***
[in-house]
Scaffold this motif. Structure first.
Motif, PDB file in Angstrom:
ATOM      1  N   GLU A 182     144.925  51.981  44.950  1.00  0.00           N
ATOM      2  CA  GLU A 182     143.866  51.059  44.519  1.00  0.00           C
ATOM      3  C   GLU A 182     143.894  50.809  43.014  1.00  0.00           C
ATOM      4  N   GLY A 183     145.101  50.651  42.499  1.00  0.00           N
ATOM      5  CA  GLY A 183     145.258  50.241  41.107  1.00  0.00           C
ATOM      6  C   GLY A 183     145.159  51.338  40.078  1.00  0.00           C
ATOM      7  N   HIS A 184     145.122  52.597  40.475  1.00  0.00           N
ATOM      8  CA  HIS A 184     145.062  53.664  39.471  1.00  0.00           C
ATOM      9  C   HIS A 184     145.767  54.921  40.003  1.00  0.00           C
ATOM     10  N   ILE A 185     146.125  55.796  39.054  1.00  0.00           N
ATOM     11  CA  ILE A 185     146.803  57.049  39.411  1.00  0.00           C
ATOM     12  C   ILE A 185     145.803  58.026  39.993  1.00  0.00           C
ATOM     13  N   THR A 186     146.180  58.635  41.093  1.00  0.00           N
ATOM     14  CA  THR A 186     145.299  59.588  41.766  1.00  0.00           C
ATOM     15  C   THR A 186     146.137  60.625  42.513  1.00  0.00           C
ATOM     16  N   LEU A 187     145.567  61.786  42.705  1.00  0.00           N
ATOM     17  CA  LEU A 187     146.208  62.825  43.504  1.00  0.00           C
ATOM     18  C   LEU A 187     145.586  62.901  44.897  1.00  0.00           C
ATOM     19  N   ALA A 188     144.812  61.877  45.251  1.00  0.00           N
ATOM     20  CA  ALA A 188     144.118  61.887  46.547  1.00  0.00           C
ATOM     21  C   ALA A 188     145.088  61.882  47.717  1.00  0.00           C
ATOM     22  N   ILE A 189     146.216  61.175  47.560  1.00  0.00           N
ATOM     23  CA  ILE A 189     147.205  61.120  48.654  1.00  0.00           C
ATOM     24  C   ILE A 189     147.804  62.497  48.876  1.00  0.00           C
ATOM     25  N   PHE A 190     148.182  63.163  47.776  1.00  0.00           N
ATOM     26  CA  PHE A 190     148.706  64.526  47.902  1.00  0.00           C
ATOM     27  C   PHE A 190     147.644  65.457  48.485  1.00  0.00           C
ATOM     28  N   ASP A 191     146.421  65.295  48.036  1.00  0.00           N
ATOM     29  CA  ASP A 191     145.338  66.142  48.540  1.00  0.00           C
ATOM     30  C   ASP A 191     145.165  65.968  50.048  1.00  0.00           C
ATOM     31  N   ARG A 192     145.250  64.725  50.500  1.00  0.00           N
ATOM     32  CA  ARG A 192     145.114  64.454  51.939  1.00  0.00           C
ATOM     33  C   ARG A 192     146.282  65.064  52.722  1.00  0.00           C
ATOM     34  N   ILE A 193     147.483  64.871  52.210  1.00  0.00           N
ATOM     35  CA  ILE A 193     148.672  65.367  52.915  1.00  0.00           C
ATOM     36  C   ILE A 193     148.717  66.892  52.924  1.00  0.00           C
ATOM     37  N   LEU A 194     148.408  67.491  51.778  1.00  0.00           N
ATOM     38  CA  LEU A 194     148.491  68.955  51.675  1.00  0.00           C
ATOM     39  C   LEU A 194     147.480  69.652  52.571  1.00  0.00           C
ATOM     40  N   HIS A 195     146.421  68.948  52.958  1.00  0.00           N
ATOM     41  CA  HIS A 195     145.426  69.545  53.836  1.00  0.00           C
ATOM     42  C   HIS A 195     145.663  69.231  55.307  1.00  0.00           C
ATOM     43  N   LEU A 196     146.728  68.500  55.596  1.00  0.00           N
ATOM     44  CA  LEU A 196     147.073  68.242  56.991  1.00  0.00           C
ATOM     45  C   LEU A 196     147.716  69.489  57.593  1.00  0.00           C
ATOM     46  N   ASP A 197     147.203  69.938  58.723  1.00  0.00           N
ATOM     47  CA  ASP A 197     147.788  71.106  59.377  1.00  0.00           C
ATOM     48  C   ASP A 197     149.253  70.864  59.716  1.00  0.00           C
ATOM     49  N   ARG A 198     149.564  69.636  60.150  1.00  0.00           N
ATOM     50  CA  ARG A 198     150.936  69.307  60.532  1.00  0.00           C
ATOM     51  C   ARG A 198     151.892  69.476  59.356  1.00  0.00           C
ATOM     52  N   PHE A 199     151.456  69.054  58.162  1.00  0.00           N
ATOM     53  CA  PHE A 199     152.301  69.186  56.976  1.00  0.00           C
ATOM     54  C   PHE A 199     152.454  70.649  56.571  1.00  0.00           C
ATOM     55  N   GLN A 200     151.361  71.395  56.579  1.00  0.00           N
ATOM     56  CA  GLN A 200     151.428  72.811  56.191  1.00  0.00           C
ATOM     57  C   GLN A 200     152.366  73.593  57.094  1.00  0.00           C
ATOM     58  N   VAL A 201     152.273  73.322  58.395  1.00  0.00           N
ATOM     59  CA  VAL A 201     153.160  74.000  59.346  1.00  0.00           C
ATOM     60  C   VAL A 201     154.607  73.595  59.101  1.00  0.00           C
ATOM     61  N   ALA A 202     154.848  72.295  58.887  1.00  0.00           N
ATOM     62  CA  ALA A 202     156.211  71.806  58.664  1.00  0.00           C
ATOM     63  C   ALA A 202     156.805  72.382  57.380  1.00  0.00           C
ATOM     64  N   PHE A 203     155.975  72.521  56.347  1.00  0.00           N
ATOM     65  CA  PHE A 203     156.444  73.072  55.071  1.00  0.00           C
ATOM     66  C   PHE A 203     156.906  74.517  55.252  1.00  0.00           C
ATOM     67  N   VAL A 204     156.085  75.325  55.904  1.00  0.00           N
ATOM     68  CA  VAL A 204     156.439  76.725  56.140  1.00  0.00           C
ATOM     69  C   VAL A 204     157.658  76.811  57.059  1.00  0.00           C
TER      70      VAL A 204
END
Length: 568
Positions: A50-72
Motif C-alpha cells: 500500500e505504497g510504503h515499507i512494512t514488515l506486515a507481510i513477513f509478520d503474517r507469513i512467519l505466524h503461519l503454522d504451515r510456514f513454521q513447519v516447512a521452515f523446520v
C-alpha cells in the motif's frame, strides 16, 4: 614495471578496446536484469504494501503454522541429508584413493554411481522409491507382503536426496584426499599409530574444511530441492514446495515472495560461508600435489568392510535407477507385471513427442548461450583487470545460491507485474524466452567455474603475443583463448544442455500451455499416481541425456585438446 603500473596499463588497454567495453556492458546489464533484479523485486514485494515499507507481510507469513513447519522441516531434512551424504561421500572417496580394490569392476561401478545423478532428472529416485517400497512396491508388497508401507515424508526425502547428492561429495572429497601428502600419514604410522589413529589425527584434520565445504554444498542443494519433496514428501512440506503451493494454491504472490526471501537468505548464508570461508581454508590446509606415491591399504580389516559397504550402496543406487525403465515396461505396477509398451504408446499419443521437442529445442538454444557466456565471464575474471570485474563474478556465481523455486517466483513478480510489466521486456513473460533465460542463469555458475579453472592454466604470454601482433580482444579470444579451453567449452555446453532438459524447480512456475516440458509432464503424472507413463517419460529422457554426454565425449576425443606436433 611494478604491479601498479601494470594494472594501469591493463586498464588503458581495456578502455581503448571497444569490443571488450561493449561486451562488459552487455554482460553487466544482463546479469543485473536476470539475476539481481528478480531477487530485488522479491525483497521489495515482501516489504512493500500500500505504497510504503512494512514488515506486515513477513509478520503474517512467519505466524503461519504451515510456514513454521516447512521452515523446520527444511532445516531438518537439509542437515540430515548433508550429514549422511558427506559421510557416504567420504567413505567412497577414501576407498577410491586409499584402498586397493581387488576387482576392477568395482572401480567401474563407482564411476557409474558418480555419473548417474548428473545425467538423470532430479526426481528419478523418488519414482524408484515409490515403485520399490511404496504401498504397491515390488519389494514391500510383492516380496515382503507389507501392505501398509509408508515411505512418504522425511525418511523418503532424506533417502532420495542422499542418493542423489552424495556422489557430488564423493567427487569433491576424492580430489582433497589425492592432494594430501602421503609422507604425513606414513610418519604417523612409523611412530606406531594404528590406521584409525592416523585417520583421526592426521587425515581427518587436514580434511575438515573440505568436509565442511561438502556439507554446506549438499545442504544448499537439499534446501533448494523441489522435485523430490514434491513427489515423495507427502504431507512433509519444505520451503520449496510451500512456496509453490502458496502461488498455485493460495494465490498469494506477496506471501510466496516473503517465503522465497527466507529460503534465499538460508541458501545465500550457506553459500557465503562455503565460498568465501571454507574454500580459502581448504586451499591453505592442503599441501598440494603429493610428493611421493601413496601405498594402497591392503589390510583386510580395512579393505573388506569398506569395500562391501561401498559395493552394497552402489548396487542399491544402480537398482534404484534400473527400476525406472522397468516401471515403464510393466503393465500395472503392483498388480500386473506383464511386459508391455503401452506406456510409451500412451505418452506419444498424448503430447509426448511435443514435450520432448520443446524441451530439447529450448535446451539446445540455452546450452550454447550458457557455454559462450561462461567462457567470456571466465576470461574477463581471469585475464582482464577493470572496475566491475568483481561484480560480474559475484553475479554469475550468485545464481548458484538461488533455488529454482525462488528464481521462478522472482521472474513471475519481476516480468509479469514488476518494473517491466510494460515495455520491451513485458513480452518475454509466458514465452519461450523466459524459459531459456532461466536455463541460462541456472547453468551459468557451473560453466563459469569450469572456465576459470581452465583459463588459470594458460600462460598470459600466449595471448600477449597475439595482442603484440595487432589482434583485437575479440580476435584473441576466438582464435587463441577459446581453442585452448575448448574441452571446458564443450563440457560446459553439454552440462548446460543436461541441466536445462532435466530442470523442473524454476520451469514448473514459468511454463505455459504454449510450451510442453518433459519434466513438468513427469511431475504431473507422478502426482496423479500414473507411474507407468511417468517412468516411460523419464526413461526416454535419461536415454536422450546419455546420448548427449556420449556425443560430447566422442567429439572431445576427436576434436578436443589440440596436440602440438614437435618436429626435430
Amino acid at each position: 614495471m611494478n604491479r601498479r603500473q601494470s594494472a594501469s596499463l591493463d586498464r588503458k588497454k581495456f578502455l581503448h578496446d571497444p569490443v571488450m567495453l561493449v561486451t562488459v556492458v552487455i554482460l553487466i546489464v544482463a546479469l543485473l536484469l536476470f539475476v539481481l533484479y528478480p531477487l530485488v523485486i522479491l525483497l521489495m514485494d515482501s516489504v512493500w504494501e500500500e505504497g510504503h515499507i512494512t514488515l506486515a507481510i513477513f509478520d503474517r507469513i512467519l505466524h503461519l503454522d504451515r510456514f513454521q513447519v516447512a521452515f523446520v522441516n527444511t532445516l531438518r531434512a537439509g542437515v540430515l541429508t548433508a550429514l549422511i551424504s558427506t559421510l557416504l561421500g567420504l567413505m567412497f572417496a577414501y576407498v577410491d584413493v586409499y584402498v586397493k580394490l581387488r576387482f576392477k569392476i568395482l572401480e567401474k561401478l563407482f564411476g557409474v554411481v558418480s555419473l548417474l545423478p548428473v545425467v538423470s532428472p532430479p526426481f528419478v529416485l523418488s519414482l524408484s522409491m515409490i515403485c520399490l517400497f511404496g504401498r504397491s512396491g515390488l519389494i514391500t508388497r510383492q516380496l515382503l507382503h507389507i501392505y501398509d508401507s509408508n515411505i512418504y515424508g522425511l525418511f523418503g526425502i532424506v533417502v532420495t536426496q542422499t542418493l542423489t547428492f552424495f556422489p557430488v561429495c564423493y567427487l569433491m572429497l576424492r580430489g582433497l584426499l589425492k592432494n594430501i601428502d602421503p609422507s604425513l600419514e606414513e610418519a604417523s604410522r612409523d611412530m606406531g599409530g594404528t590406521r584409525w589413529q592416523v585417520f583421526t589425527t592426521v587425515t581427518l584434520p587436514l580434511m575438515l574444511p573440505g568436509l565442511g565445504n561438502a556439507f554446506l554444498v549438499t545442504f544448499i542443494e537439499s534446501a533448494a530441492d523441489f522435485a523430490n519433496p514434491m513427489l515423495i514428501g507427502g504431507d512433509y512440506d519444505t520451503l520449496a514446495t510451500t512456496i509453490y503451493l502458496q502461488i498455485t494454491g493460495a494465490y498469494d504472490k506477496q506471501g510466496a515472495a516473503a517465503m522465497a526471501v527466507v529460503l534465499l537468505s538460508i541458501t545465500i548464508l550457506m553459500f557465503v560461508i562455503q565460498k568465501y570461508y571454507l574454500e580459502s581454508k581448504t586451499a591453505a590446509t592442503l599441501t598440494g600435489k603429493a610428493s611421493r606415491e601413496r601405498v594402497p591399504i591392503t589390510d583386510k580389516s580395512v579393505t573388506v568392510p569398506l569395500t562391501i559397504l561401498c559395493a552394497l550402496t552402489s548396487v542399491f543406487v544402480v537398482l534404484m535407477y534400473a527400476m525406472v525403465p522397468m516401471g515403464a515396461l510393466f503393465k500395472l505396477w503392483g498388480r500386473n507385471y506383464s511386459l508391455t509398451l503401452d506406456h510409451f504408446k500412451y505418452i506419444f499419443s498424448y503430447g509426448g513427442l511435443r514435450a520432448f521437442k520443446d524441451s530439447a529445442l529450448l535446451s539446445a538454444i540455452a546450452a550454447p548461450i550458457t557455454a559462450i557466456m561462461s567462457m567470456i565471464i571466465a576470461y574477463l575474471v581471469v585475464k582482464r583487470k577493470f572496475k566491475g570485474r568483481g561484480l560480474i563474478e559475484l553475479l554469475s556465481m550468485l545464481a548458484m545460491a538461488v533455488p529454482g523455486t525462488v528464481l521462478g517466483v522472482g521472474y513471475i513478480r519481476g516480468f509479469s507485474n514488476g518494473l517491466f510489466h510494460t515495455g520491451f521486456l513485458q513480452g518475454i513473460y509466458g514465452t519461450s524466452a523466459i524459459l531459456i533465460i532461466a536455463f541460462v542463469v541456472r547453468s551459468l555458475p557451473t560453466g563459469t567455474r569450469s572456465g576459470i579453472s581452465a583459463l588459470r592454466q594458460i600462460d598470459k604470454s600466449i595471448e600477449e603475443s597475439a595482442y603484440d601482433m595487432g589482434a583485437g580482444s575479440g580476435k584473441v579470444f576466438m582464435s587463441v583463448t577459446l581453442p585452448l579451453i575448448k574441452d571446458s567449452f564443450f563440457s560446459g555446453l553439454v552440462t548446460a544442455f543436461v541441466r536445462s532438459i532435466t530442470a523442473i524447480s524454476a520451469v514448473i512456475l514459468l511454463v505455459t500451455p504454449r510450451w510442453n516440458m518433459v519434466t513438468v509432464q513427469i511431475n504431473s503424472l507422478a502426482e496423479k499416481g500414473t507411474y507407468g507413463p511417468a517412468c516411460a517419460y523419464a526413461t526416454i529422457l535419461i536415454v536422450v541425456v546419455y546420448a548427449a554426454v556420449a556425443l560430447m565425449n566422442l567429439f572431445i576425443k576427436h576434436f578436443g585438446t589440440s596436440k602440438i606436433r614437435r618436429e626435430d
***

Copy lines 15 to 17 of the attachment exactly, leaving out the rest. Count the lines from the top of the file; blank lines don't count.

ATOM     12  C   ILE A 185     145.803  58.026  39.993  1.00  0.00           C
ATOM     13  N   THR A 186     146.180  58.635  41.093  1.00  0.00           N
ATOM     14  CA  THR A 186     145.299  59.588  41.766  1.00  0.00           C